Earnhardt completes winless season
Dale Earnhardt Jr.'s final ride in his red No. 8 car was just like so many others this season.
That is, frustrating.
Earnhardt completed a winless farewell season with Dale Earnhardt Inc. on Sunday, finishing 36th in the Ford 400 at Homestead-Miami Speedway. He moves to Hendrick Motorsports next season, leaving the company that bears his late father's name, and the goodbye seemed to be an emotional one.
"I guess I thought I'd be sadder. But I'm not," Earnhardt said. "I've still got these guys as friends. That's even better than the working relationship."
It would have been a storybook finish for Earnhardt to win his DEI farewell.
But this year was anything but perfect for NASCAR's most popular driver.
He didn't qualify for the Chase for the championship, managed only seven top-five finishes in 36 races and announced in May that he was leaving DEI after months of contentious negotiations with his stepmother, Teresa Earnhardt.
"It's been hard, man. This whole year's been hard," Earnhardt said. "And I don't ever want to do it again. I just want to get happy. I want to get to where I'm in a good place and get to where I can run well and win races like I know I can, get around good people, quit having to deal with jerks and just set myself apart and get right."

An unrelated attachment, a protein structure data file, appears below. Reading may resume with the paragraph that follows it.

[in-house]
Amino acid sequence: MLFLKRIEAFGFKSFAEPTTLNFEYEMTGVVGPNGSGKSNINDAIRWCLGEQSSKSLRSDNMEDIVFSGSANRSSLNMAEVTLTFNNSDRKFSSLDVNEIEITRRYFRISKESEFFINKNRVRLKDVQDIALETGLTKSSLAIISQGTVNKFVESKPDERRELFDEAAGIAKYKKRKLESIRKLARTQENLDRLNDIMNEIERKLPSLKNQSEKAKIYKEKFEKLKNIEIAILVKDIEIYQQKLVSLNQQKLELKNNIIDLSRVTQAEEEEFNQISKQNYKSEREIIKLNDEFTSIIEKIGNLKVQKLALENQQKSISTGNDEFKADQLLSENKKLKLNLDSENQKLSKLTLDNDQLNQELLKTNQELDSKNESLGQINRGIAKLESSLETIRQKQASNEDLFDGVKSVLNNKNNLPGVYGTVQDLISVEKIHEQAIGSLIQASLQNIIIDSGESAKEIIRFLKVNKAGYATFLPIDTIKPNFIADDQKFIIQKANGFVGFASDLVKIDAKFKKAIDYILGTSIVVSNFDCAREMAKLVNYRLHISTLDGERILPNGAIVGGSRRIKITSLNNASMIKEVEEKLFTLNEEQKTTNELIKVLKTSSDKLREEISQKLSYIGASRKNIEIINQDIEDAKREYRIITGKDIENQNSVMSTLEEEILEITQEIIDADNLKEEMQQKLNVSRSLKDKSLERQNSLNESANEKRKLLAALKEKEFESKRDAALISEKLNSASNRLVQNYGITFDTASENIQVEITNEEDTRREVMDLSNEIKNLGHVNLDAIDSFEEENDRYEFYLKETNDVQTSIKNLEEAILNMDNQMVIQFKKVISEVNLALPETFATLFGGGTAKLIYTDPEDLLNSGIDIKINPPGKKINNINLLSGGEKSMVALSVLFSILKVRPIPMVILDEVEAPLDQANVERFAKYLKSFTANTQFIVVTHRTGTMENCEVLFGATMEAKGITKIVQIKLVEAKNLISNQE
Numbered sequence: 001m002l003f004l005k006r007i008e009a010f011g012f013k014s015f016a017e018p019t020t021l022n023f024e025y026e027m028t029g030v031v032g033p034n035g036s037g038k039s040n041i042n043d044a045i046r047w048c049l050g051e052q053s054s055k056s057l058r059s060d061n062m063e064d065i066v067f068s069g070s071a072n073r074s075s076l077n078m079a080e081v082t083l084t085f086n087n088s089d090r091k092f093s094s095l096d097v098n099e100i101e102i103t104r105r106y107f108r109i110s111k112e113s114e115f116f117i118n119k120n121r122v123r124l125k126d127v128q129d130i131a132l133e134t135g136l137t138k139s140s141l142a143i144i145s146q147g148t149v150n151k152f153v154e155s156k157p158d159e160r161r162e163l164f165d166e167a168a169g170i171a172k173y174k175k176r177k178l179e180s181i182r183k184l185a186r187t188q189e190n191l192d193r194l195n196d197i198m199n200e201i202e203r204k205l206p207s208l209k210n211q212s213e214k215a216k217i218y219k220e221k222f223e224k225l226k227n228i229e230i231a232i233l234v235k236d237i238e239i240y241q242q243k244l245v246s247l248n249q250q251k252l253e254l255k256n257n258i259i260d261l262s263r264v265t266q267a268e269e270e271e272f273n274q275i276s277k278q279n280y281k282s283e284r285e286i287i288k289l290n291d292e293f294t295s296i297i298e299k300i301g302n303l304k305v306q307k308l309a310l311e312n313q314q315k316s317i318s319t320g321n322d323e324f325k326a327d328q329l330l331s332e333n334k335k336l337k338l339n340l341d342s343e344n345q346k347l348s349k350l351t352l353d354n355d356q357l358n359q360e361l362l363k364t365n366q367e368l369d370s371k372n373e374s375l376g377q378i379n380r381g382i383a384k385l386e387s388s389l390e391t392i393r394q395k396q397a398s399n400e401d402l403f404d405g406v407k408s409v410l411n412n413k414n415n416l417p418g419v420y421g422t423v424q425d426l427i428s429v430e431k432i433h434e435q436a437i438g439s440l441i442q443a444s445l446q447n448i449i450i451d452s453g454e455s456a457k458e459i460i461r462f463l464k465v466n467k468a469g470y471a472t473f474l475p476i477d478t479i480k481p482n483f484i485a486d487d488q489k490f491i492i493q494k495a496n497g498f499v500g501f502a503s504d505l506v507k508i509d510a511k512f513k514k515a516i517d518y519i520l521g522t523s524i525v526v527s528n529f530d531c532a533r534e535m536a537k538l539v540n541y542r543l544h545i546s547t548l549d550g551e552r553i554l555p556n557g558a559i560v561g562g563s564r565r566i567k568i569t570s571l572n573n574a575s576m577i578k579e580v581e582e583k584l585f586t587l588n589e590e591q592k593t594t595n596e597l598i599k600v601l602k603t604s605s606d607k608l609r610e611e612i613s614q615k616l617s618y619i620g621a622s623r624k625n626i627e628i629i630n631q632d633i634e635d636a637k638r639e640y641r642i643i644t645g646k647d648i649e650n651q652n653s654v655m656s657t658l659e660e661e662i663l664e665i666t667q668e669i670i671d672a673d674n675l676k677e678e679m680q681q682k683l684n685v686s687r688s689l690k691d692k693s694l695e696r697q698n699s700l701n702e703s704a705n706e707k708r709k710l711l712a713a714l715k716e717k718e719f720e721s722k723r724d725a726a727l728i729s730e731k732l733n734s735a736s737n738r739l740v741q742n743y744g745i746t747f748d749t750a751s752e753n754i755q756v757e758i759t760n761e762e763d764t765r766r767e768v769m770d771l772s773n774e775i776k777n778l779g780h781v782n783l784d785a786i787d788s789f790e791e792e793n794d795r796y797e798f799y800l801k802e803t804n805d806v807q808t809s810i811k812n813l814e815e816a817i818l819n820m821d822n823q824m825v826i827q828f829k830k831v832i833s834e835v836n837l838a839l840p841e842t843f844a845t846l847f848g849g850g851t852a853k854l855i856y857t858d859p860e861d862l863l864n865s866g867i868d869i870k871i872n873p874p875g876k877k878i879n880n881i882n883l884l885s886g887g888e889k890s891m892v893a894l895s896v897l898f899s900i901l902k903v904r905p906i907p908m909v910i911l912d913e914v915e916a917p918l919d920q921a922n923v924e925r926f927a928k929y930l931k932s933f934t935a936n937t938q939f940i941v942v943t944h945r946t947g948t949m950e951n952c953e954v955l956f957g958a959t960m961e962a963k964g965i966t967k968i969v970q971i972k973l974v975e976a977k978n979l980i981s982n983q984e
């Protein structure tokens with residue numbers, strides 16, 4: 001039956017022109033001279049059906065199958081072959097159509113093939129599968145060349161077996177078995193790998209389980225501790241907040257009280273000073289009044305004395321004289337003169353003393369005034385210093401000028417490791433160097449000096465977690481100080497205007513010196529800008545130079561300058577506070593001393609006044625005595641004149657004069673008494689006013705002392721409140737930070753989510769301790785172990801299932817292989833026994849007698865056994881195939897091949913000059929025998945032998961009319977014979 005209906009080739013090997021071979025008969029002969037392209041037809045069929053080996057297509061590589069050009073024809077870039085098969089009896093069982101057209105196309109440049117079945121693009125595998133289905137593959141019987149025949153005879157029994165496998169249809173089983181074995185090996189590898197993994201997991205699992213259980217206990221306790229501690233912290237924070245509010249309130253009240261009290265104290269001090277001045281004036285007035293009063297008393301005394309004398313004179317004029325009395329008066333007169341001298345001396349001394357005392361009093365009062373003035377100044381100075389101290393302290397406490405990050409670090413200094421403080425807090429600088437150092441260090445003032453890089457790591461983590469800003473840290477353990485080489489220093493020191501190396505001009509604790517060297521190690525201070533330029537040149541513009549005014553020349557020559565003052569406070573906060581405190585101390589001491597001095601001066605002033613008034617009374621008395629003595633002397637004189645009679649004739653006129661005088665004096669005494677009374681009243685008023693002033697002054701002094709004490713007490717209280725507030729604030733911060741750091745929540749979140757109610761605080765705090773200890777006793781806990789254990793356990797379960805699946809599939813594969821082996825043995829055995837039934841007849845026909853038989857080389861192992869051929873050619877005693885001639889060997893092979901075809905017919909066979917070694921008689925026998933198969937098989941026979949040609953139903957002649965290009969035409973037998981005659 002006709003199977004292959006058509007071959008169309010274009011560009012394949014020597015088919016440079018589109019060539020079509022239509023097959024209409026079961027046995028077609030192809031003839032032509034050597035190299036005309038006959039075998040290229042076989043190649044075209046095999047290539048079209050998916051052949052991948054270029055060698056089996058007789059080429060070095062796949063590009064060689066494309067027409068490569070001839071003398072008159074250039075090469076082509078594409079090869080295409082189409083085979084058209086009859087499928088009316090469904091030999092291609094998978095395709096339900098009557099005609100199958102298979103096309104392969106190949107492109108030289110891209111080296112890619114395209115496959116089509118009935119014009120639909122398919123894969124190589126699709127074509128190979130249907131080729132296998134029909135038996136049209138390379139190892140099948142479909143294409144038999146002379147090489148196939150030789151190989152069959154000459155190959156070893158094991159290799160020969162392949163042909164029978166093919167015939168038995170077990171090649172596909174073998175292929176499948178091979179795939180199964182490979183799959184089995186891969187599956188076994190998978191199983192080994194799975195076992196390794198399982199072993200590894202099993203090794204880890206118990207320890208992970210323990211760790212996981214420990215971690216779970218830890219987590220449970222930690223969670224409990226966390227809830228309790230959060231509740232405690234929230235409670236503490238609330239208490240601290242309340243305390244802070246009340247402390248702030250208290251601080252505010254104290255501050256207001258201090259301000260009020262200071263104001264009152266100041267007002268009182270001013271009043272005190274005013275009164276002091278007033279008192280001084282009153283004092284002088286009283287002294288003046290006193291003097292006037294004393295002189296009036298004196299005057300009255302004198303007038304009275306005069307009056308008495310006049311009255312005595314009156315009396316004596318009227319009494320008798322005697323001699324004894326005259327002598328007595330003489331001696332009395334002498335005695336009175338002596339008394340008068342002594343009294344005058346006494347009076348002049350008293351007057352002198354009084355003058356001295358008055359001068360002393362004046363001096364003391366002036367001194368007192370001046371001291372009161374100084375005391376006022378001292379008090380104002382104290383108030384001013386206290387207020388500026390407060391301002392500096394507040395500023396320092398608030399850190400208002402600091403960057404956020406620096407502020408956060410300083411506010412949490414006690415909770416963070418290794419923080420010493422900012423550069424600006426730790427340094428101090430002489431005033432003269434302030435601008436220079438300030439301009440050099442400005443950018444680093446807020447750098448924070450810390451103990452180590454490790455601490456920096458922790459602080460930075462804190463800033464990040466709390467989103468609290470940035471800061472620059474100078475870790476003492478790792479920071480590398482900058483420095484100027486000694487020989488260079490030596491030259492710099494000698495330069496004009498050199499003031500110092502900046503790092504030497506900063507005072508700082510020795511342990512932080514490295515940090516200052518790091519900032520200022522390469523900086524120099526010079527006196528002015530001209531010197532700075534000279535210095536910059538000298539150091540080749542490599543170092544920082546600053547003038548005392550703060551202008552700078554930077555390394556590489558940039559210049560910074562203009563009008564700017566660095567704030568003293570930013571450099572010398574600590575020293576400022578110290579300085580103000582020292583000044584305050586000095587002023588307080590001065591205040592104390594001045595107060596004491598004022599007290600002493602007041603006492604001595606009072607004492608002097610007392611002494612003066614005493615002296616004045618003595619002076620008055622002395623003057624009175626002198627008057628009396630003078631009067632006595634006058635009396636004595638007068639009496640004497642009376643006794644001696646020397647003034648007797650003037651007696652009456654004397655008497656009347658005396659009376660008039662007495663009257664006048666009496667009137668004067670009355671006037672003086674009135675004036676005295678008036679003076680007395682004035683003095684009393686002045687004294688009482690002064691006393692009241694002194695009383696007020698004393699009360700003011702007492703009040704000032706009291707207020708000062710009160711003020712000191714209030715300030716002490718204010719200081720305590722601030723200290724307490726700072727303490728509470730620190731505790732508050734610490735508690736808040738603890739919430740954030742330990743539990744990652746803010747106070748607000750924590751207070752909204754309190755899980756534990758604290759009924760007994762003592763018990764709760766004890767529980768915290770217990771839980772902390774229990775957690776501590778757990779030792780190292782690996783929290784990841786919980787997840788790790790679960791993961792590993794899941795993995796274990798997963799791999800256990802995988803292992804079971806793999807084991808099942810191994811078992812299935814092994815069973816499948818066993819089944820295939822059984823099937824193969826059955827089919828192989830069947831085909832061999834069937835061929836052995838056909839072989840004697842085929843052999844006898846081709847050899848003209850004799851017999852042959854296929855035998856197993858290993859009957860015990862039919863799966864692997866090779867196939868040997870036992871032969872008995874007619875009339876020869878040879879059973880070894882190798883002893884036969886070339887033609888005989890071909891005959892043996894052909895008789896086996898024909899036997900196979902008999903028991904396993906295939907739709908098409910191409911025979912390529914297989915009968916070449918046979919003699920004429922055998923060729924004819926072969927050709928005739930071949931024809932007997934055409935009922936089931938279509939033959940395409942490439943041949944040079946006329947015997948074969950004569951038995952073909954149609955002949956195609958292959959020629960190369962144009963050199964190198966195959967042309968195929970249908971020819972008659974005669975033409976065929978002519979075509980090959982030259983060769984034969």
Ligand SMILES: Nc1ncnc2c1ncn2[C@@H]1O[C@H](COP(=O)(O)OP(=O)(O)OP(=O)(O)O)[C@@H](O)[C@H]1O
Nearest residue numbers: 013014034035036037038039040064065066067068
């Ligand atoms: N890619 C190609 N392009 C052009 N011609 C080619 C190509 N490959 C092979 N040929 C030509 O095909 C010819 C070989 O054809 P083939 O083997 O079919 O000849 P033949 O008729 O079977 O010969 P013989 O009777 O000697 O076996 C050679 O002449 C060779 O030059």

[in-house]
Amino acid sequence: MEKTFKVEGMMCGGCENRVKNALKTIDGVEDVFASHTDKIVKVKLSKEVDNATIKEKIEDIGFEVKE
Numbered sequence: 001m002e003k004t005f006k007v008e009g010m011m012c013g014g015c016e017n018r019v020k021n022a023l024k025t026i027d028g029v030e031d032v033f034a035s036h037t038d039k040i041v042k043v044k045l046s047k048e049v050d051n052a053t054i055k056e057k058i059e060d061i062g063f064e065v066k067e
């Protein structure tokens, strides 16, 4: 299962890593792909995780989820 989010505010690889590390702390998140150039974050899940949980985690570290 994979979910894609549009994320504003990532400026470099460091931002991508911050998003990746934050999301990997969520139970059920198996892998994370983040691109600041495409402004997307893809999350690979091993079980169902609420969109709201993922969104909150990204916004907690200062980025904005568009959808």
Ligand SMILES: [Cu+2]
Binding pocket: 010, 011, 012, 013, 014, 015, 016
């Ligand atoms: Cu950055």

He was involved in two early accidents Sunday, taking away any chance he had of reaching Victory Lane and ending what's now a 62-race winless drought.
He drove through the grass leaving pit road on lap 52, and Kyle Busch tapped Earnhardt's car on the left rear side -- sending the 8 for a spin.
And only five laps later, Earnhardt was hit again in the left rear by Jeff Burton, getting knocked into the wall and damaging his car a bit.
Burton's tough tap came with the drivers on the front straightaway -- facing west, as the sun was starting to go down. In Burton's defense, the visibility in that area was, at best, awful.
"Had a great car and got up to 11th," Earnhardt said. "Did you all see that• We were running good. And I got run over by a veteran on a re-start. I don't know what the hell that was. I'm so disappointed."
He meant with the race.